Call to Worship
“Come, everyone who thirsts, come to the waters; and he who has no money, come, buy and eat! Come, buy wine and milk without money and without price. Why do you spend your money for that which is not bread, and your labor for that which does not satisfy? Listen diligently to me, and eat what is good, and delight yourselves in rich food. Incline your ear, and come to me; hear, that your soul may live; and I will make with you an everlasting covenant, my steadfast, sure love for David. (Isaiah 55:1-3, 6-9)
Almighty God, who knows all and sees all: We confess our constant striving for righteousness, acceptance, and approval from sources that leave us empty. We ask your forgiveness, and we renew our hope in Christ alone, who offered Himself to appease your wrath and forgive our sins. We find all comfort in His wounds, and we have no need to seek or invent any other means to reconcile ourselves with God, than this one and only sacrifice which renders believers perfect forever. (Adapted from The Belgic Confession, Art. 21)
And James and John, the sons of Zebedee, came up to him and said to him, “Teacher, we want you to do for us whatever we ask of you.” And he said to them, “What do you want me to do for you?” And they said to him, “Grant us to sit, one at your right hand and one at your left, in your glory.” Jesus said to them, “You do not know what you are asking. Are you able to drink the cup that I drink, or to be baptized with the baptism with which I am baptized?” And they said to him, “We are able.” And Jesus said to them, “The cup that I drink you will drink, and with the baptism with which I am baptized, you will be baptized, but to sit at my right hand or at my left is not mine to grant, but it is for those for whom it has been prepared.” And when the ten heard it, they began to be indignant at James and John. And Jesus called them to him and said to them, “You know that those who are considered rulers of the Gentiles lord it over them, and their great ones exercise authority over them. But it shall not be so among you. But whoever would be great among you must be your servant, and whoever would be first among you must be slave of all. For even the Son of Man came not to be served but to serve, and to give his life as a ransom for many.” (Mark 10:35-45)
Jesus is God, but he became a servant. He is the righteous judge, but gave himself up to the verdict of wicked men. This is the humility of our Lord: He had nothing to gain; yet he gave up all he had.
Everyone esteems the virtue of humility, but to step into the reality of our lives is to remember how contrary it is to our thinking. In so many ways we are accustomed to building ourselves up – proving our worth, impressing people, vying to be noticed and honored. Ironically, we even hope to be recognized for our humility. If you think giving up TV or coffee for Lent is hard, give up trying to get attention for a day. You will realize how pervasive our desire is to be lifted up.
In the Old Testament, exchanging clothing for sackcloth was the outward symbol of making oneself low. It was trading in an outward expression of one’s position in society and putting on the lowest position. To be made low in our day, we must know what it means to say, “Yet not what I will, but what you will” (Mark 14:36). Roy Hession offers these penetrating words: “First of all, our proud self must be broken. Our own self must give up its rights. Our self is hard. It does not want to obey God. It likes to show that it is right. It wants to go its own way. It wants to claim all its rights. It always seeks glory for itself. The self must bow to God’s will. It must confess that it is wrong. It must give up its own way. It must obey the Lord Jesus. It must give up all its glory. Only in this way can the Lord Jesus have all and be all in our lives. We must die to self.”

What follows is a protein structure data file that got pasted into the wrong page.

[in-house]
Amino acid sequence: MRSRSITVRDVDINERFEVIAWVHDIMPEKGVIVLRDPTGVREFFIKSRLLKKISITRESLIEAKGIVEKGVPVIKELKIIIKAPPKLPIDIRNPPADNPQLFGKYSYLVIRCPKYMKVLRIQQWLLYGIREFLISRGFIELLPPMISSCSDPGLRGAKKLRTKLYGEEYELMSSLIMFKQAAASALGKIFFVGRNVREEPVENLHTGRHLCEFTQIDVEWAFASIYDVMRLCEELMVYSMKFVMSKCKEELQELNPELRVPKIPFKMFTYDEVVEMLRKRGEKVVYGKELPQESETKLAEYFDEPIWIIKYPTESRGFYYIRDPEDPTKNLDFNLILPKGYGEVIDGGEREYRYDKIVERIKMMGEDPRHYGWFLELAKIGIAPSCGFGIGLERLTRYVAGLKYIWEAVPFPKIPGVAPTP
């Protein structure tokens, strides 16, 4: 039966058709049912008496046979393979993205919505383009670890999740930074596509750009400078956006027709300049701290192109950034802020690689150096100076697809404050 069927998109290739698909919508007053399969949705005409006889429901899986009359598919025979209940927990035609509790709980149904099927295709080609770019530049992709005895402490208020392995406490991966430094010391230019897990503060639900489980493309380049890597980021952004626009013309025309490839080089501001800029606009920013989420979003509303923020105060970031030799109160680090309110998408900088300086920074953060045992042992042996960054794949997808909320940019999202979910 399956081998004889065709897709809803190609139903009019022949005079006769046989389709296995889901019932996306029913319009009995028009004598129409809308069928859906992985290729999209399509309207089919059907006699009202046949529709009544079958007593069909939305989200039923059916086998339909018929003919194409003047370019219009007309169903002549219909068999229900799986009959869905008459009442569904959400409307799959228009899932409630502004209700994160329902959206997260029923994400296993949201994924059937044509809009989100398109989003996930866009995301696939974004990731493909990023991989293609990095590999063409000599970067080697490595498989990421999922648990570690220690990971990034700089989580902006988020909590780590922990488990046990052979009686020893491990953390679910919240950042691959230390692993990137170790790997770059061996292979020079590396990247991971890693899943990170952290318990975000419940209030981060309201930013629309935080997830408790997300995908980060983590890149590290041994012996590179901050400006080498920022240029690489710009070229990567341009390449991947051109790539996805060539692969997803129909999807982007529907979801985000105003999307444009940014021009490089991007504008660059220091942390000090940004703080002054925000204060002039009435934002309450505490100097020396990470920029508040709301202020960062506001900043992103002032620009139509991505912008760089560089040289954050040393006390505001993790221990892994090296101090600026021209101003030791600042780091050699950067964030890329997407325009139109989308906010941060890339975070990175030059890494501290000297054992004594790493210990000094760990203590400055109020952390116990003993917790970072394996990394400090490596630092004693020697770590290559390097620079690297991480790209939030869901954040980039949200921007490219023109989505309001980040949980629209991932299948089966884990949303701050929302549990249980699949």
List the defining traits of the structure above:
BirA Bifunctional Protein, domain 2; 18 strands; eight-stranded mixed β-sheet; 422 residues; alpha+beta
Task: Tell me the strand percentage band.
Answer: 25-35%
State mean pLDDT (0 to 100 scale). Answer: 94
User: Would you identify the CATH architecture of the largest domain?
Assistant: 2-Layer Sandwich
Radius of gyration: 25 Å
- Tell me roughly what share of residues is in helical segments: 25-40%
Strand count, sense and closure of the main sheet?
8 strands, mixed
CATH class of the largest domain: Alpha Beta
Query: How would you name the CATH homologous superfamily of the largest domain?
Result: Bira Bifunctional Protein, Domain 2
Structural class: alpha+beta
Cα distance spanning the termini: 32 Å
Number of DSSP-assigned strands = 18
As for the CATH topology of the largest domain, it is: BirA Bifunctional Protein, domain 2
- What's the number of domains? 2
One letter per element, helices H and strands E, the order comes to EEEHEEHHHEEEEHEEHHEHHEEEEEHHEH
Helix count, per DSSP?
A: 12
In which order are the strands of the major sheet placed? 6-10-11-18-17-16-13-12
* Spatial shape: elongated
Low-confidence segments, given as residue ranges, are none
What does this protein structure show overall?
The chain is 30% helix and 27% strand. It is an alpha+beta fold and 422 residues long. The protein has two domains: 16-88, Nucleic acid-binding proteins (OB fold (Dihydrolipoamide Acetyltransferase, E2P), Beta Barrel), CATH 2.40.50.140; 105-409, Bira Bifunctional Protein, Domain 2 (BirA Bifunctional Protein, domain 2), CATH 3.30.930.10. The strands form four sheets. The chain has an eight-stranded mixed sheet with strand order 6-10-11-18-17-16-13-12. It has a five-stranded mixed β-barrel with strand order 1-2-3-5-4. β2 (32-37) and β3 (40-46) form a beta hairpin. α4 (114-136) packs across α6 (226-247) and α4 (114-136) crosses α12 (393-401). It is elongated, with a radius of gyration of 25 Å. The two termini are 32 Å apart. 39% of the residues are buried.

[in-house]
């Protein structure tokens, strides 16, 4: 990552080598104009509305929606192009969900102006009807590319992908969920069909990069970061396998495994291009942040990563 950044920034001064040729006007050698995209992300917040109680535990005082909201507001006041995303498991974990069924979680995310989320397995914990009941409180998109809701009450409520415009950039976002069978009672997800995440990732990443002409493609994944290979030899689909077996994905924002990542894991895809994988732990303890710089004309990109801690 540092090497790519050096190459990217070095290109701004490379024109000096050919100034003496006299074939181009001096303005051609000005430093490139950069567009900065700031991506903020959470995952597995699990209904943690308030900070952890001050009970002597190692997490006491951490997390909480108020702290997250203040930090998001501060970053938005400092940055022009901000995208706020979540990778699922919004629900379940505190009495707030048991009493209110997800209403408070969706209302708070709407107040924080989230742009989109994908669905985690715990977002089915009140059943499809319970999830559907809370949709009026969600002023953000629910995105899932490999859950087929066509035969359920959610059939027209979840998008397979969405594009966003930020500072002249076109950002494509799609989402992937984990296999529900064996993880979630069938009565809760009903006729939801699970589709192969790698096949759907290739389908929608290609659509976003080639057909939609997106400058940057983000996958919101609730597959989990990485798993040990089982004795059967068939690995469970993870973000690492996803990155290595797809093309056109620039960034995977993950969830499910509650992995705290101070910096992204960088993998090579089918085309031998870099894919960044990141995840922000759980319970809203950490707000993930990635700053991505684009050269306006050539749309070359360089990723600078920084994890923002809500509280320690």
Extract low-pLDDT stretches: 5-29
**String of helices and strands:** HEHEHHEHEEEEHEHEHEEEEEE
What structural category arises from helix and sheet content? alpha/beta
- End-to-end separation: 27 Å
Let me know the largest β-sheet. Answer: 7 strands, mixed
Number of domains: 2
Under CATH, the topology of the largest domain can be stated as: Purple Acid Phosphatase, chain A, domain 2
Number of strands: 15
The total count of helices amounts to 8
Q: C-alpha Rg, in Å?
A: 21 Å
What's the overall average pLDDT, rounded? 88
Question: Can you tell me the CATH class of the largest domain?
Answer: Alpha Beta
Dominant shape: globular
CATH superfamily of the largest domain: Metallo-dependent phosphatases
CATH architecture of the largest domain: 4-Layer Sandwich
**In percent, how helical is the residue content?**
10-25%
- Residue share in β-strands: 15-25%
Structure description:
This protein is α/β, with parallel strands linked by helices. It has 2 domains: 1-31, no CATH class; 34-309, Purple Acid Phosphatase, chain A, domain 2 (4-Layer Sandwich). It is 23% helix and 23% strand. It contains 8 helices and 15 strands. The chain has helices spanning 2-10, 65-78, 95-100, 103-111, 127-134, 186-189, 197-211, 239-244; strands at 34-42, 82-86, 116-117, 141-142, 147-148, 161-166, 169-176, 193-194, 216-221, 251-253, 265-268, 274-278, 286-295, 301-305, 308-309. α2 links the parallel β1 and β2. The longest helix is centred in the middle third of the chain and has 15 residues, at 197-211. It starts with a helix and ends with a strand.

Repentance must begin with humility, because even our repentance can be motivated by pride. We may turn from our ways only to protect our image. We tell ourselves, “I’m a good Christian. I have stopped lying or being lazy because I don’t want to be like the liars and slackers. I’m not like that.” So we look to Christ, who did not give himself to the approval of men, but entrusted himself to the Father.
During Lent, we are trying to make room in our lives for God to shed some light. God will shed light into the dark corners, but that kind of light can only be received with humility. Hession puts it this way: “The man who knows, day by day, the meaning of brokenness is the man who humbly agrees to what God shows him about himself.”
1. From whom do you want approval or attention? What are you pursuing or doing in order to lift yourself up?
2. Are you willing for every stone to be turned over in your soul?
O God of grace … You have imputed my sin to my substitute and you have imputed his righteousness to my soul, clothing me with a bridegroom’s robe, decking me with jewels of holiness. But in my Christian walk I am still in rags; my best prayers are stained with sin; my penitential tears are so much impurity; My confessions of wrong are so many aggravations of sin; my receiving the Spirit is tinctured with selfishness. I need to repent of my repentance.
(Lenten devotional provided by The Gospel Coalition)